WHAT can we know about the nature of Faith? Here are some of my attempts at tying down some meaning in such a nebulous concept:
Faith and Life’s Difficulties
Faith wrestles with the inevitable and enigmatic dichotomies of life, and finds within herself the resources to dig deeper and to grow, not in spite of the difficulties, but because of them.
Faith sees not the cost of the trial, or its pain, but the compensation that comes from enduring the trial.
Faith doesn’t deny the pain, for it’s real, but the pain isn’t all there is. Faith attempts to see with eternity’s perspective, and receives the gift of perspective in eternity’s moment. One at a time, each one enough.
Faith and God’s Promises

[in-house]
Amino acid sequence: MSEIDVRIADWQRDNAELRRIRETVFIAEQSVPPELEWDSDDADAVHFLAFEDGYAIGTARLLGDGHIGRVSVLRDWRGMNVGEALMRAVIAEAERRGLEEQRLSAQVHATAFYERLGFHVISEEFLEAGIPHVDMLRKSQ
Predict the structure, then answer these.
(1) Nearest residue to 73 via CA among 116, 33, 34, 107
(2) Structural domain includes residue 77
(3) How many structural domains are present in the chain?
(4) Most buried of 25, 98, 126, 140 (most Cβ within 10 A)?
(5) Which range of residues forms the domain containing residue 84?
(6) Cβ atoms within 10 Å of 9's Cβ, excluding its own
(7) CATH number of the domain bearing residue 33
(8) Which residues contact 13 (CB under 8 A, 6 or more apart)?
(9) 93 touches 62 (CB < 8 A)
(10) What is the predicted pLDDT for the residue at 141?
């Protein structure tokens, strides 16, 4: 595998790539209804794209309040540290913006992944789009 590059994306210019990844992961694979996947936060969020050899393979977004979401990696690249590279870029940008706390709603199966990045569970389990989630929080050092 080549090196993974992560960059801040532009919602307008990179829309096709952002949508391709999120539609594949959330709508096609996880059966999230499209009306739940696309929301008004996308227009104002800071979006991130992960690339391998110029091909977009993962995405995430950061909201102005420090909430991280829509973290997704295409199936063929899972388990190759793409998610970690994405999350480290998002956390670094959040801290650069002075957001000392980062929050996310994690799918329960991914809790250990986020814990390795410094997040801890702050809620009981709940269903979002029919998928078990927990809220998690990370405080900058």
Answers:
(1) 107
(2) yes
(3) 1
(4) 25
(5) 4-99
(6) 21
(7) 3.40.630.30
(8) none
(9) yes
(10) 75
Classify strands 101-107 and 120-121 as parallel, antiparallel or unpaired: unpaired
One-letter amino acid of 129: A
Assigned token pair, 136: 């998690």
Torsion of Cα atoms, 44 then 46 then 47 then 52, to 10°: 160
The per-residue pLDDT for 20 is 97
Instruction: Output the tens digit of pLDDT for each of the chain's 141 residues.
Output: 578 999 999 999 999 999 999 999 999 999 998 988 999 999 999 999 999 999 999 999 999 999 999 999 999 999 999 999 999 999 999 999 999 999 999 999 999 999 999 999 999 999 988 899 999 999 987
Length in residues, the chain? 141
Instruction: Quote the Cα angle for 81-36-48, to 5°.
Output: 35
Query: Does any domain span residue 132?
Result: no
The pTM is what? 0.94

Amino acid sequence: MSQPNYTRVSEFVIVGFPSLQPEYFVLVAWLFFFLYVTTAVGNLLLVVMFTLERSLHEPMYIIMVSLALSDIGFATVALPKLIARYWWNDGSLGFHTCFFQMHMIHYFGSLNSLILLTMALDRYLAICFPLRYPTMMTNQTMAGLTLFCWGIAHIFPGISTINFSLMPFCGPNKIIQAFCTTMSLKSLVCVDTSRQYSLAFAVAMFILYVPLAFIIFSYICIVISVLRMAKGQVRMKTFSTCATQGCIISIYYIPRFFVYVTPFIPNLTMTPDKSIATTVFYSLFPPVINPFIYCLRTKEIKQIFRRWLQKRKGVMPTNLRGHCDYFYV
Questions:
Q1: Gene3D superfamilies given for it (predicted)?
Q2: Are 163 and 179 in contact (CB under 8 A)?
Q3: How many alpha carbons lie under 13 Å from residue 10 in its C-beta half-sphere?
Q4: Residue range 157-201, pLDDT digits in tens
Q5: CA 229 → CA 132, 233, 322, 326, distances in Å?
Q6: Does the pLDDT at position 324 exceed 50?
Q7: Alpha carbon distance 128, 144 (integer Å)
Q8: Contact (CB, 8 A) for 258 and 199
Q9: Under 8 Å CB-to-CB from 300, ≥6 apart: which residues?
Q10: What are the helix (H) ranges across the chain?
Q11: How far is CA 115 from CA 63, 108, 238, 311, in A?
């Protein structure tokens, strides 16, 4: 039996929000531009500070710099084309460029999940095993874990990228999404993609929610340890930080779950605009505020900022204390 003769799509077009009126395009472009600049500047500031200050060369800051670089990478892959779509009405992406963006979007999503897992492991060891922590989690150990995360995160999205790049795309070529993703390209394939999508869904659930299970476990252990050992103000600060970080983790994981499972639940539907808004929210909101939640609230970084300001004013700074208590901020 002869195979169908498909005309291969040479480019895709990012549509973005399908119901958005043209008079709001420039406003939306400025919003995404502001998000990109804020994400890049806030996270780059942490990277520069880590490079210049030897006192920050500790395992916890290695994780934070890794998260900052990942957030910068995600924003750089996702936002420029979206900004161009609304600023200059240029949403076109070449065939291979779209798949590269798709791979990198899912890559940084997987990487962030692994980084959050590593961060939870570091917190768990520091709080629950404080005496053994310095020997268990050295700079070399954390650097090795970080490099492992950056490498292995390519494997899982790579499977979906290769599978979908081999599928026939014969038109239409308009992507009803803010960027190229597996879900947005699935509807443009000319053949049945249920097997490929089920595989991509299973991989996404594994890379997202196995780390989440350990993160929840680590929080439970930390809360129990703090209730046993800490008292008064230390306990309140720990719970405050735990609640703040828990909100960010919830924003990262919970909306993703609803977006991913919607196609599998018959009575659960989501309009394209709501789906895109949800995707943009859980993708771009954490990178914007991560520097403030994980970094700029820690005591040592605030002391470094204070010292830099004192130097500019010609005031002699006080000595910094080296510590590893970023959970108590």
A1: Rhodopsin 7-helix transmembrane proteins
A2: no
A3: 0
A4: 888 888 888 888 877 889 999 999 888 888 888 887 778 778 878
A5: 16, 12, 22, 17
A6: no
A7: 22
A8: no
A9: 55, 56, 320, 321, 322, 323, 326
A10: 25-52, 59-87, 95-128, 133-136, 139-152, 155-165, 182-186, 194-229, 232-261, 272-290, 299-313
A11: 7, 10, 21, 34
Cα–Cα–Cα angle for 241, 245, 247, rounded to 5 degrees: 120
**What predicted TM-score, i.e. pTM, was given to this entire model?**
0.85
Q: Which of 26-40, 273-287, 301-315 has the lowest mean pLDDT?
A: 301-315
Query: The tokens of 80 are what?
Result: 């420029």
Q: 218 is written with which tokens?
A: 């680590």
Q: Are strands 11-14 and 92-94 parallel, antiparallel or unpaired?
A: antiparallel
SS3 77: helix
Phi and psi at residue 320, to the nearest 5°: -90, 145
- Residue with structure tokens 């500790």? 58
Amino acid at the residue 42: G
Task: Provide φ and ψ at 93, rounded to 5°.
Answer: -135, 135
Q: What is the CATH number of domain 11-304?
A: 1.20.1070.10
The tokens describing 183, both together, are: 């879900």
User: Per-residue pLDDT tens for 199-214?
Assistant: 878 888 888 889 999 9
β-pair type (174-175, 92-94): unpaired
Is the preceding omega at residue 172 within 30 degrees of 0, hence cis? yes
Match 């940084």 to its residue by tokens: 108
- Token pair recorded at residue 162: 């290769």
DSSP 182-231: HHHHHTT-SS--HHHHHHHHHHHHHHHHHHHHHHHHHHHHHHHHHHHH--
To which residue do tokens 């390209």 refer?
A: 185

Faith awaits with expectation the awesome promises of God, whilst accepting the mysteries in the unknowable future.
Faith accepts the promises in God’s Word with expectation, whilst acknowledging the unknowable mystery in stepping forward.
Faith trusts, and when trust is fully fledged as alleged on the Bible promise, she believes in such a way that brings the thing to pass.
Faith and God’s Deliverance
Faith sees the fruition of a hope come to pass. With trust vindicated, she celebrates with meek poise. She knew victory would come, but never realised it would taste as good as this.
Faith’s confidence is its greatest achievement, and such wellbeing comes from victory.
From victory comes the unshakable security of trust in God’s faithful goodness.
Faith must emanate from difficulty, to trust in a promise, in order to realise deliverance.
It’s the way Faith works. It’s dormant when life is well. But when is life truly well? Two answers: it’s well all the time and rarely.
Faith therefore is something we find we need, that not only makes life better, it makes life the best, even when life isn’t well.
Faith accepts the bitter sweetness of life. At least it isn’t all bitter. So Faith can rest comfortably at peace in every situation.
© 2016 Steve Wickham.